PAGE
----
Letters to the editor | Oct. 19 edition

Readers write in about schools, The Beachcomber, and Gaza and Israel.


Why the School Board matters

I am writing in support of Kaycie Alanis, Angela Marshall, and Juniper Rogneby for Vashon School Board and to make a pitch for why the school board and informed voting matter to our community.

These candidates are collectively committed to accountability and transparency in the work of the Board. They will be clear about their role as well as the specific roles and responsibilities of the superintendent. Additionally, they will bring community input to the district along with teacher, student, and union voice into meaningful conversation.

Whether or not we have kids in the district, the health of our schools and the experience of students, teachers, and parents reflect on the health of our community.

Our district, and the board, are grappling with budget constraints, personnel issues, racial and gender equity, and changing demands on teachers. School boards in some local jurisdictions are taking the kinds of actions that tear at our democracy…book bans, anti-trans policies, and the rewriting of our history, for starters. It’s important to pay attention.

The depth of responsibility and the complexity of serving on a school board includes:

  • Hiring and evaluating the superintendent
  • Reviewing and approving the annual budget
  • Establishing short term focus as well as vision and goals through strategic planning work
  • Setting policies and procedures
  • Approving curriculum
  • Collaborating with and responding to stakeholders

Angela has specific expertise and leadership skills in budget and contract scrutiny along with labor relations and laws.

She has a history of union involvement as a former vice president of the Washington State Labor Council and union representative at IBEW Local 46. She unequivocally believes in the power of unions and the rights and voice of teachers and staff as fundamental to their equitable participation in the schools.

We need the skills, experience, and commitment on the board that will match the needs of our district in this moment. Please read their statements, consider island issues, and be an informed voter.

Kim von Henkle

School Board needs culture change

There is an election for the VISD School Board vote coming up. I understand that I was unable to proceed past the primary. I appreciate the support from those who voted for me. There needs to be a radical culture change from the top down, and it is unfortunate that I was unable to garner the votes to start that change.

I will continue to work for the safety of our children in the district and on the island.

I want a safe, equitable, and inclusive district where children, families, educators, and support positions (paras, facilities, office, etc.) feel they belong.

I do not feel that either candidate for Position 3 goes far enough or is up to date in their equitable and pedagogical practices.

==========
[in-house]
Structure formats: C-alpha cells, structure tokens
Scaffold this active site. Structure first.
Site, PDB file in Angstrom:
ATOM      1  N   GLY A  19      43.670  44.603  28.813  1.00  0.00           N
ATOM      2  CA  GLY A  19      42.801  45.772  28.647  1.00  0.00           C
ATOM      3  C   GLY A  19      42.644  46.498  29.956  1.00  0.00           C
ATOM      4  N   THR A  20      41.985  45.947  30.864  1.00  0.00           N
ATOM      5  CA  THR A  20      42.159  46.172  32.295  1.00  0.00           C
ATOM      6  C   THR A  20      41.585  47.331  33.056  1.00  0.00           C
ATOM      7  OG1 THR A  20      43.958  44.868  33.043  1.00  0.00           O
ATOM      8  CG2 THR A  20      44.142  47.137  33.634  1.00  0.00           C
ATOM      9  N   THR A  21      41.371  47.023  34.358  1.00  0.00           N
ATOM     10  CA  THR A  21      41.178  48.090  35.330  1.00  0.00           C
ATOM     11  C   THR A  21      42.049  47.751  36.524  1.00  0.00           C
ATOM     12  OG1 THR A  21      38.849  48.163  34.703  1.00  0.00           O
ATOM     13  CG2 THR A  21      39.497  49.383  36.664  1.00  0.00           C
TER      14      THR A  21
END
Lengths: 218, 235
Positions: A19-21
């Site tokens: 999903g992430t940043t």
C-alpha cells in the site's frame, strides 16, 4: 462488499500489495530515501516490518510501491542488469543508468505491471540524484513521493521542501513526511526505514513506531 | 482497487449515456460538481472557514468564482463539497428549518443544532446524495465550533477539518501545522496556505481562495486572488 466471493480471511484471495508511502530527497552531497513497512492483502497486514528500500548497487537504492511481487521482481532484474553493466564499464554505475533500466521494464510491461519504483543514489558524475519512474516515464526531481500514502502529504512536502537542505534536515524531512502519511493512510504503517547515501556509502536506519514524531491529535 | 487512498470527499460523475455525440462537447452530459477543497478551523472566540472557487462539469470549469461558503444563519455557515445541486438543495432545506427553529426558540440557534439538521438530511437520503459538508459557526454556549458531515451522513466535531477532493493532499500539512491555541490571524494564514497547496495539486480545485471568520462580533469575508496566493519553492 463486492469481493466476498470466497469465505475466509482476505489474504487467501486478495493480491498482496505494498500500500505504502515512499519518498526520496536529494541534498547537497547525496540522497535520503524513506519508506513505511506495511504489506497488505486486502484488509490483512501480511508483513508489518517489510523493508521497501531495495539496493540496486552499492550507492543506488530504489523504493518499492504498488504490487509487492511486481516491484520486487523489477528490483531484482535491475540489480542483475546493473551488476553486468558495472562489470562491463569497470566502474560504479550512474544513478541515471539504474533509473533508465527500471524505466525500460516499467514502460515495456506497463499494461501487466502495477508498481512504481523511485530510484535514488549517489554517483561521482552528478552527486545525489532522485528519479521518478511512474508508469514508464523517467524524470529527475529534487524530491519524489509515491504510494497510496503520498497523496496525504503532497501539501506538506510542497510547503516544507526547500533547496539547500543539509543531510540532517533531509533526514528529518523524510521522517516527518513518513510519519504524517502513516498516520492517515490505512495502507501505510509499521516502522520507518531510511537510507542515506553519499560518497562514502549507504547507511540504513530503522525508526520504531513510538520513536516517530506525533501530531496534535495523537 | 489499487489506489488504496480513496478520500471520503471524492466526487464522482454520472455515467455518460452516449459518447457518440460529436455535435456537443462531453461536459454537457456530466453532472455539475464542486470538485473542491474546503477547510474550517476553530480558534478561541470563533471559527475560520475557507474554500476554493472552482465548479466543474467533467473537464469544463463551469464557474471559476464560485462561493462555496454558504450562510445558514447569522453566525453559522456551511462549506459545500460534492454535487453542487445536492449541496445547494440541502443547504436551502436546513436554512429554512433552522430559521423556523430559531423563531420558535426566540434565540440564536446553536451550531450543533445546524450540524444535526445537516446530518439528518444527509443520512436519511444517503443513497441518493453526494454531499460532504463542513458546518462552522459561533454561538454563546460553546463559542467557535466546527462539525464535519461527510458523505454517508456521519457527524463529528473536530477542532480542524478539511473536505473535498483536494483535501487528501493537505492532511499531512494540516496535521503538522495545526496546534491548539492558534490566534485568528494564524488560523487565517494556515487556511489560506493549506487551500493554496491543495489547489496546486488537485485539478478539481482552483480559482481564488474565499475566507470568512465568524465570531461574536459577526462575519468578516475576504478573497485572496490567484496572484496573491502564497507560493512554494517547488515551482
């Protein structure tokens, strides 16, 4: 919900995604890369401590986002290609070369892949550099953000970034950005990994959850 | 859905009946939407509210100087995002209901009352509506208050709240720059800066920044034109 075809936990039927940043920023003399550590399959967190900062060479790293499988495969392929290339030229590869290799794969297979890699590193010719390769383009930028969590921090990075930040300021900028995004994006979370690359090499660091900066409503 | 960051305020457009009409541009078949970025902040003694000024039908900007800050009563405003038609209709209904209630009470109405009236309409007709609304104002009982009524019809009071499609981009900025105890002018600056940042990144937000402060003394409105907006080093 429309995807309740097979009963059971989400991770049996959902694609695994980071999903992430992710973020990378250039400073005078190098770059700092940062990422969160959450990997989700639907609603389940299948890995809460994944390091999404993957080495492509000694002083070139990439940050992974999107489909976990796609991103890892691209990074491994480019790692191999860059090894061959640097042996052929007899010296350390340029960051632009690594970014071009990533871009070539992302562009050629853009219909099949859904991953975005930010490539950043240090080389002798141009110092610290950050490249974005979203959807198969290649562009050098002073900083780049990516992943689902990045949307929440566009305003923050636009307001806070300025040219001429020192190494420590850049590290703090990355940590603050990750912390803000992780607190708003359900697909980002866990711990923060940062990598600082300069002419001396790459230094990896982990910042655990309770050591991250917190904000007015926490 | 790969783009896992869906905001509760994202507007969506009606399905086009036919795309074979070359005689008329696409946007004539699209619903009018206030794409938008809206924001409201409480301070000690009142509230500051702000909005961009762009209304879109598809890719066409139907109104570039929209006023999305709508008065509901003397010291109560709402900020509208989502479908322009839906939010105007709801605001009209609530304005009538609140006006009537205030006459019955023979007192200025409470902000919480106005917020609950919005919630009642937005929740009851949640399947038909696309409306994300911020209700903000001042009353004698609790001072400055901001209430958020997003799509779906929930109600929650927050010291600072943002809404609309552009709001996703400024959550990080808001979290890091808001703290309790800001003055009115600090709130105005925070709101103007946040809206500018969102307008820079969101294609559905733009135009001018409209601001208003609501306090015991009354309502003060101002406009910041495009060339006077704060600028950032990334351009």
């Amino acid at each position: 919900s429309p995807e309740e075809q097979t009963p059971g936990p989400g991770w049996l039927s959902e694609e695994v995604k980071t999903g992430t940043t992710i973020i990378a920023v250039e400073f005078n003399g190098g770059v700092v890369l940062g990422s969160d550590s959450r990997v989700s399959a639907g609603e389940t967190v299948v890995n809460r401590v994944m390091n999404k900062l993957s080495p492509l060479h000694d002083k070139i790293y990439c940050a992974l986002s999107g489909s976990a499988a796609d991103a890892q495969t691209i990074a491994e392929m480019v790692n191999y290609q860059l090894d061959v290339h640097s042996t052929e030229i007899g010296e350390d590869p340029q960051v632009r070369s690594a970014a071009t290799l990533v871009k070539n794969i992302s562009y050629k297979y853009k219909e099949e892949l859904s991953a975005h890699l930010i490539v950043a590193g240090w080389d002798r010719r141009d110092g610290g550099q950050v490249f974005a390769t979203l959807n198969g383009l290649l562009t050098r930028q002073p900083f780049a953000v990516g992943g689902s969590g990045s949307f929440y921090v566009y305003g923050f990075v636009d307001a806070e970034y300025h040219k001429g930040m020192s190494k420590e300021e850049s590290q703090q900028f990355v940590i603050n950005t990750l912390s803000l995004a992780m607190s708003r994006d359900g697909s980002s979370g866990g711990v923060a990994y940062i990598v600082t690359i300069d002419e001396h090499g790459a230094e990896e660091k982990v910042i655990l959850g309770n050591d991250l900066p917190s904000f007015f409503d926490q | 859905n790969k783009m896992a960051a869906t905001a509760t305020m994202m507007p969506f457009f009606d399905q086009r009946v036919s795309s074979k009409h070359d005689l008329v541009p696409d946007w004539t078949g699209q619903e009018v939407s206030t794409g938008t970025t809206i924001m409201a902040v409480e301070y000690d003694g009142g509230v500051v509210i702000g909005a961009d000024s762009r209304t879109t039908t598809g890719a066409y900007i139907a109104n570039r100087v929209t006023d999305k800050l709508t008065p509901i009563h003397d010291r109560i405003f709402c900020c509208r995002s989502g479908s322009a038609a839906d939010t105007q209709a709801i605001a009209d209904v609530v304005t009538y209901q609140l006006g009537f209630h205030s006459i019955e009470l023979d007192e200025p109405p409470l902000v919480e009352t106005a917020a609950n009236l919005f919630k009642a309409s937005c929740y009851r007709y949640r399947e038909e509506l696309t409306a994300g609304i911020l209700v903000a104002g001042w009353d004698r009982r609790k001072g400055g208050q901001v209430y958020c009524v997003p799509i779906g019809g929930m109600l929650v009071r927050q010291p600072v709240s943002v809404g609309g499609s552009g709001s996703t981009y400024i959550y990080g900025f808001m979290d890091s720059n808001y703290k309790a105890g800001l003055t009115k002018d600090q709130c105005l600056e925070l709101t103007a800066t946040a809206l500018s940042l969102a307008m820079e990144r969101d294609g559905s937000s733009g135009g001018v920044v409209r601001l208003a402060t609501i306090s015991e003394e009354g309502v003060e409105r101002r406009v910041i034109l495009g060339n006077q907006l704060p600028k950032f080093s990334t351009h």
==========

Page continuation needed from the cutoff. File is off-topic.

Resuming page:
I am not going to endorse either candidate for Position 3.

I will vote for the following – if anyone really cares who I’m voting for.

Position 1: Lucia Armenta

Position 2: Kaycie Alanis

Position 3: Write in – Gator Lanphear

Position 5: Juniper Rogneby

Please vote.

Gator Lanphear


Thanks to our principals

As October unfolds its vibrant colors, crisp autumn breezes and morning deluges, we are also in the midst of National Principals Month, a time when I would like to recognize and celebrate our dedicated building leaders who shape the future of our students. Today, I extend my heartfelt appreciation to our outstanding principals, assistant principals, and administrative intern of VISD, who exemplify excellence in education.

Our schools are not just buildings; they are the heart of our island community, and at their core are the leaders who inspire, guide, and support our students and staff. The exceptional leaders of VISD are more than administrators; they are mentors, visionaries, and advocates for our children’s growth and success. Our principals, like the sturdy anchors of a ship, provide stability and direction to our schools. Our assistant principals are the unsung heroes, tirelessly working behind the scenes to ensure the smooth operation of our educational institutions. Our administrative intern brings fresh perspectives and energy, contributing to the innovative spirit of our schools.

The past few years have provided more than enough challenges and our educational leaders have repeatedly demonstrated extraordinary resilience and adaptability. I am extremely proud of how they have made our schools a place where kids are welcomed, known, and treasured. Their dedication, compassion, and unwavering commitment to the well-being and education of our children are truly commendable.